Humans have been using batteries for thousands of years. The use of batteries in ancient times has been proven beyond refute. Various records have shown that ancient Egyptians and Greeks have used batteries for various purposes. In ancient Sumer, people used batteries for electroplating objects with fine layers of gold or silver. Although a prototype of that battery has not yet been earthed, archeologists have excavated ancient batteries that date back to 250 BC. These excavations show that batteries as we know them today might not be a recent invention.
In this article we will reveal to you three of the most ancient batteries known to man that were used to generate electricity, though on a very small scale.
The Baghdad Battery is the oldest know man-made battery that is thought to have been prevalent during the Parthian rule (250 BC - 224 AD) in present-day Iraq. The battery was excavated in Baghdad in 1936 and therefore was given the name Baghdad Battery.
The Baghdad Battery consisted of tall terracotta jars containing copper cylinder that housed an iron rod. The copper cylinder was made of rolled up copper sheet and was isolated at the top of the iron rod by asphalt plugs. Scientists believe that this jar was filled with grape juice, vinegar or lemon juice that acted as an electrolyte agent. The excavators who found the first of these pots suggested that this was a primitive battery. Modern reconstructions of the Baghdad Battery did indeed show that it was possible to create electricity with it.
Electric Eel Battery
Did you know that physicians in Ancient Greece and Rome used electric shocks from eels to treat various ailments? Historic records show that physicians at the court of Roman Emperor Claudius (47 AD) used electric shocks from eels to numb the feet of gout sufferers. Eels were also used as an electric shock therapy for treating migraines and headaches.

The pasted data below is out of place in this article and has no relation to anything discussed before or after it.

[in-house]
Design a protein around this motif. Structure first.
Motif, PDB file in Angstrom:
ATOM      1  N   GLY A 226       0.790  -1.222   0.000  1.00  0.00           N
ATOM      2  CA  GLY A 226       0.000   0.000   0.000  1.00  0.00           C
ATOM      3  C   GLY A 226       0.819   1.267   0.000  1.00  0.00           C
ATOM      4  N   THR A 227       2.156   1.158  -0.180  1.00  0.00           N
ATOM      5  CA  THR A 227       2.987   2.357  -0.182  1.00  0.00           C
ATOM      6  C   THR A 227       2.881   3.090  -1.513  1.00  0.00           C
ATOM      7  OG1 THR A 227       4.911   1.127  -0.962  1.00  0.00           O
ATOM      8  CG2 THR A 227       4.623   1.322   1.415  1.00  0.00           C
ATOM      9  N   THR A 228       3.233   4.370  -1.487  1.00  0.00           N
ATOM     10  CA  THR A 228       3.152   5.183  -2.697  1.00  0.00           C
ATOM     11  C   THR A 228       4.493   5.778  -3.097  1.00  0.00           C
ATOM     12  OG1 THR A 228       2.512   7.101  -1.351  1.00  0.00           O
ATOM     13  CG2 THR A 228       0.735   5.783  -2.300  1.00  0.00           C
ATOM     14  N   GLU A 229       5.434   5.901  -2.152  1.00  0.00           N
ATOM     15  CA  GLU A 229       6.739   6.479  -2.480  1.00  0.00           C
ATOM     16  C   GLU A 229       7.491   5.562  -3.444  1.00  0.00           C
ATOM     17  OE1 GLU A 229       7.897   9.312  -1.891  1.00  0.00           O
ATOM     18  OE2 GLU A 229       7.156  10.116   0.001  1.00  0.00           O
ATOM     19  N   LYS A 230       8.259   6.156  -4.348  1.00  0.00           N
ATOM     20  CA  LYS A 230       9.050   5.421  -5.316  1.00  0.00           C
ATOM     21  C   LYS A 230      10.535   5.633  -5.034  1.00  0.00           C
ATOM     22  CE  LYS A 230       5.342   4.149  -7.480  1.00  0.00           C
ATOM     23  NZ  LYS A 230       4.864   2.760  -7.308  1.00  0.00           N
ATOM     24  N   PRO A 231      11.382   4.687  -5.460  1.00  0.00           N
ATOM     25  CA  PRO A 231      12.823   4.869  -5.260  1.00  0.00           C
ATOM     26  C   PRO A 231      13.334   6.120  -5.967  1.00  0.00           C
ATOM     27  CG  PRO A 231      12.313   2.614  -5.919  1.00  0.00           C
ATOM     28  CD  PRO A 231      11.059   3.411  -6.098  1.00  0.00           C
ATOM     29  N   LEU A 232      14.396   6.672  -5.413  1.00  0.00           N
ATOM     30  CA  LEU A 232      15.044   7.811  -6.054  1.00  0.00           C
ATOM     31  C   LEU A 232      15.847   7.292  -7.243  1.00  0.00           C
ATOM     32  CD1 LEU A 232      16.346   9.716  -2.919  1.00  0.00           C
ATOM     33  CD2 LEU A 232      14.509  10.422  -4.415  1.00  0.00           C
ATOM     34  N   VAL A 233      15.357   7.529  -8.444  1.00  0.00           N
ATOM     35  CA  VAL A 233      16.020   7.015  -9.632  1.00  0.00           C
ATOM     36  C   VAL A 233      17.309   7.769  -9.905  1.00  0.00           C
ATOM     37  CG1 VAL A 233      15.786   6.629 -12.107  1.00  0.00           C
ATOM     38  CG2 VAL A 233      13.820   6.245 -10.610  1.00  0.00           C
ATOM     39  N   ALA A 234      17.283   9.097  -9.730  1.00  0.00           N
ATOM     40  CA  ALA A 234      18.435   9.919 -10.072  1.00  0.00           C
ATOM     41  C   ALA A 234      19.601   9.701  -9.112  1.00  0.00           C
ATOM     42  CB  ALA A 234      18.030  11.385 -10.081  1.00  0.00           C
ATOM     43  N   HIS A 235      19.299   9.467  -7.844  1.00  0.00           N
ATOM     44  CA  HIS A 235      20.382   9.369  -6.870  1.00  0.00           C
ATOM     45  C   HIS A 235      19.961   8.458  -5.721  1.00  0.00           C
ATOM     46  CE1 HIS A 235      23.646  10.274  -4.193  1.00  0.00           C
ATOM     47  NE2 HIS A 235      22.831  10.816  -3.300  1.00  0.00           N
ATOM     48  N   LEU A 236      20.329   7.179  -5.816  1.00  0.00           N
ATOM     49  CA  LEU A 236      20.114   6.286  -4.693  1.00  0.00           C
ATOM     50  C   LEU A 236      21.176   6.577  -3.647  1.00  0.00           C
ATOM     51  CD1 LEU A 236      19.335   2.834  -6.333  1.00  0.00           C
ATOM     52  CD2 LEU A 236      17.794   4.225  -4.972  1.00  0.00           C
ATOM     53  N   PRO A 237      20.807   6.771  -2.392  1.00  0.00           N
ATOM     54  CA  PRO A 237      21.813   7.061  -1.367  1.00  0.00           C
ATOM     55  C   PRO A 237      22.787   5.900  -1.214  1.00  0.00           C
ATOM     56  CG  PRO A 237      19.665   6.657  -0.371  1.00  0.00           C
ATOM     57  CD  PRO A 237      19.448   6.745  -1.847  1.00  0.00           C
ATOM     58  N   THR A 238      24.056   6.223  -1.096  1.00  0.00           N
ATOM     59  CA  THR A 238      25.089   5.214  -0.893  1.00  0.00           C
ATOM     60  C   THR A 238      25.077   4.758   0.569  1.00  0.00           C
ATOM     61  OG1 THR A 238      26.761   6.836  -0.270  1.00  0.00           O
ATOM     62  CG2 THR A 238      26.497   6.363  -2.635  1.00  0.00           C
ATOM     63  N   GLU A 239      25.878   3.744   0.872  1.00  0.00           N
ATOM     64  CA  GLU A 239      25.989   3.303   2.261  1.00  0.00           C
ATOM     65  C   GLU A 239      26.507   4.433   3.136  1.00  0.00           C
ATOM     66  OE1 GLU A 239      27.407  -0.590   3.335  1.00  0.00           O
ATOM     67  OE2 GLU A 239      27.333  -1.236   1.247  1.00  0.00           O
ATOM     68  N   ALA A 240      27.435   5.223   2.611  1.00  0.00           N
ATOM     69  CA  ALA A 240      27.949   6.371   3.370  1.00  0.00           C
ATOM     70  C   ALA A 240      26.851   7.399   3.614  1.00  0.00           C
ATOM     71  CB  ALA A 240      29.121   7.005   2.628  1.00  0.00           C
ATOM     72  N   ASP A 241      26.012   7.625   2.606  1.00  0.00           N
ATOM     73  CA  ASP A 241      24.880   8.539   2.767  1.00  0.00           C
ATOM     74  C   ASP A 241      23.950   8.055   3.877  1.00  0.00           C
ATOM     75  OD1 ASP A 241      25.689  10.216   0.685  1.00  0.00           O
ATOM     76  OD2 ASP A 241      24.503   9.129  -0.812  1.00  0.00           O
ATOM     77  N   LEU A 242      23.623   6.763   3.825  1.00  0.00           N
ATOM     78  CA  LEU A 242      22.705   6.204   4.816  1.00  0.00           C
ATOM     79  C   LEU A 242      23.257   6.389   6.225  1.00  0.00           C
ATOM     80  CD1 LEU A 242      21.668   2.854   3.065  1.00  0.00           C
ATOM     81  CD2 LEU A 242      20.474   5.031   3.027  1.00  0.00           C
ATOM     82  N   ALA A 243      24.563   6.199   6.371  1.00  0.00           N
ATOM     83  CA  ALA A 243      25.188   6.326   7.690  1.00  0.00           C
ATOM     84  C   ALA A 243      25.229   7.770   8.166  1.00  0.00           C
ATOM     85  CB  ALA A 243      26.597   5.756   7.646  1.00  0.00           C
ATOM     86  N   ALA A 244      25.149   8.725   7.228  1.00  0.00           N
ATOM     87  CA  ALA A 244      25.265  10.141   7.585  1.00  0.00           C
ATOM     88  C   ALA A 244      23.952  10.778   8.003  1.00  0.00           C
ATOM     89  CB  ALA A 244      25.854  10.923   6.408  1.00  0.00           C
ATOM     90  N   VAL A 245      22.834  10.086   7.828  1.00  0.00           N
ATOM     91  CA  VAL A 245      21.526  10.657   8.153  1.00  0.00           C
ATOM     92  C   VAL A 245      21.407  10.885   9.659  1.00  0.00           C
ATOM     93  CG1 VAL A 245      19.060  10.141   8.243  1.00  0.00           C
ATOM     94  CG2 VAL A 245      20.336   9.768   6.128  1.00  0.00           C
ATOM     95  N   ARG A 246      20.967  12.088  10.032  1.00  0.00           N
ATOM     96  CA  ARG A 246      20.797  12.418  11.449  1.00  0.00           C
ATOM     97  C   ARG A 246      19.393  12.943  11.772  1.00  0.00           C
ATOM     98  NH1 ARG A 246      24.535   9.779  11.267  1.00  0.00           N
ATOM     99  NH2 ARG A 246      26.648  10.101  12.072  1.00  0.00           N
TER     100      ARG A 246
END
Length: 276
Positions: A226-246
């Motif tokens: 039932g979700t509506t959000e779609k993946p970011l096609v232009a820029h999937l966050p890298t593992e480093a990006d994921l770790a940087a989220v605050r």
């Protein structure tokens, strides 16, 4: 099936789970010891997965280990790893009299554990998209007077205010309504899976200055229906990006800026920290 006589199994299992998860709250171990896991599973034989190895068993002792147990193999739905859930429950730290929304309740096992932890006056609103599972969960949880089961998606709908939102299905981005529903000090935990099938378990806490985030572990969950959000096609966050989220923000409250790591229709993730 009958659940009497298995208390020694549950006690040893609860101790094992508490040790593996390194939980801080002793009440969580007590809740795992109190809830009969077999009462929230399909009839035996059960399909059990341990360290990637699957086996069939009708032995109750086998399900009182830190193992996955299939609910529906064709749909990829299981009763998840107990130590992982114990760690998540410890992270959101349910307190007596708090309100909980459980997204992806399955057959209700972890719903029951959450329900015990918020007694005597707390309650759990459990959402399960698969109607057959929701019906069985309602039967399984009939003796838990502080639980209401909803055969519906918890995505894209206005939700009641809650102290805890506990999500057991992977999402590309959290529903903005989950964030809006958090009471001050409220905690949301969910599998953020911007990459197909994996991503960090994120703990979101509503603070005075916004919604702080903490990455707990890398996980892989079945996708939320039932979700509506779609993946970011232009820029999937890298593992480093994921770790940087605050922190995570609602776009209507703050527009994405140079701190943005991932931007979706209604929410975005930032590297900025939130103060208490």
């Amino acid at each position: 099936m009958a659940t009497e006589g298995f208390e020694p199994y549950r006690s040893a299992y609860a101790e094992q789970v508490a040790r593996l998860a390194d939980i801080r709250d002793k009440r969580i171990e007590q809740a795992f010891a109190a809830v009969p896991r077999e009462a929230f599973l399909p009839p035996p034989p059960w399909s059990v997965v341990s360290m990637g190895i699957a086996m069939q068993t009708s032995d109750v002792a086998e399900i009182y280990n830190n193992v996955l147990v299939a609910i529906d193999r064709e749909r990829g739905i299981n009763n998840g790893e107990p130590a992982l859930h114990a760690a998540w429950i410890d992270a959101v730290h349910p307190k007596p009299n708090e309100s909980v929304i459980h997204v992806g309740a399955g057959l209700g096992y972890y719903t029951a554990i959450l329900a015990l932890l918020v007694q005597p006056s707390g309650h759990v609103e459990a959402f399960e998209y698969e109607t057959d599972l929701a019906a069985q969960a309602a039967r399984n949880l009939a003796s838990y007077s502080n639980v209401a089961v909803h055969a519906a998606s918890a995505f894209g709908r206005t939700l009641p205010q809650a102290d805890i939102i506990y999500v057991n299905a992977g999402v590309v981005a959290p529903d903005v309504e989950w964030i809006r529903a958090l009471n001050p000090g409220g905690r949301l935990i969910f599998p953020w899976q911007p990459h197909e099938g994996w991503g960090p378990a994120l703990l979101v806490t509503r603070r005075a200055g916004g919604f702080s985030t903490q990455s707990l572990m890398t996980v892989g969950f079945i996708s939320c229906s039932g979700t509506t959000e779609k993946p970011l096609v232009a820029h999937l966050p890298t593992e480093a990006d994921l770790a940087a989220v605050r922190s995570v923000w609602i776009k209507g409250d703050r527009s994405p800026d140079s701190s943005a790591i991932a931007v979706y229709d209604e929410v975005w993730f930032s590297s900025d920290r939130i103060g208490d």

Electric eels are probably one of the most ancient batteries known to men. Electric eels or Electrophorus Electricus are able to generate a jolt of up to 600 volts. Around 80% of the electric eel’s body is made of organs that produce electricity. The electric organs are made of electrolytes that are stacked in inside the organ similar to a dry cell battery.
Some scholars believe that ancient Egyptians might have developed a giant electric battery to power electric bulbs. Beneath the Temple of Hathor at Dendera there is a crypt with walls inscribed with some very curious reliefs. One of the walls of the temple is decorated with human figures standing next to bulb-like objects that look like over-sized modern-day light bulbs. Inside these "bulbs" there are snakes in a wavy lines. The snakes' pointed tails issue from a lotus flower, which, can be interpreted as the socket of the bulbs. The light bulbs on the relief are powered by a cable stretching from a giant object that looks like an electric battery.
Although no real artifact of the device has been unearthed, some scholars believe that this relief depicts one of the most ancient electric batteries known to man. Various other reliefs in the temple of Hathor show bulb like devices with filament wires similar to modern day bulbs. These curious artifacts show that humans might have learned to use batteries for powering up devices much earlier than once imagined.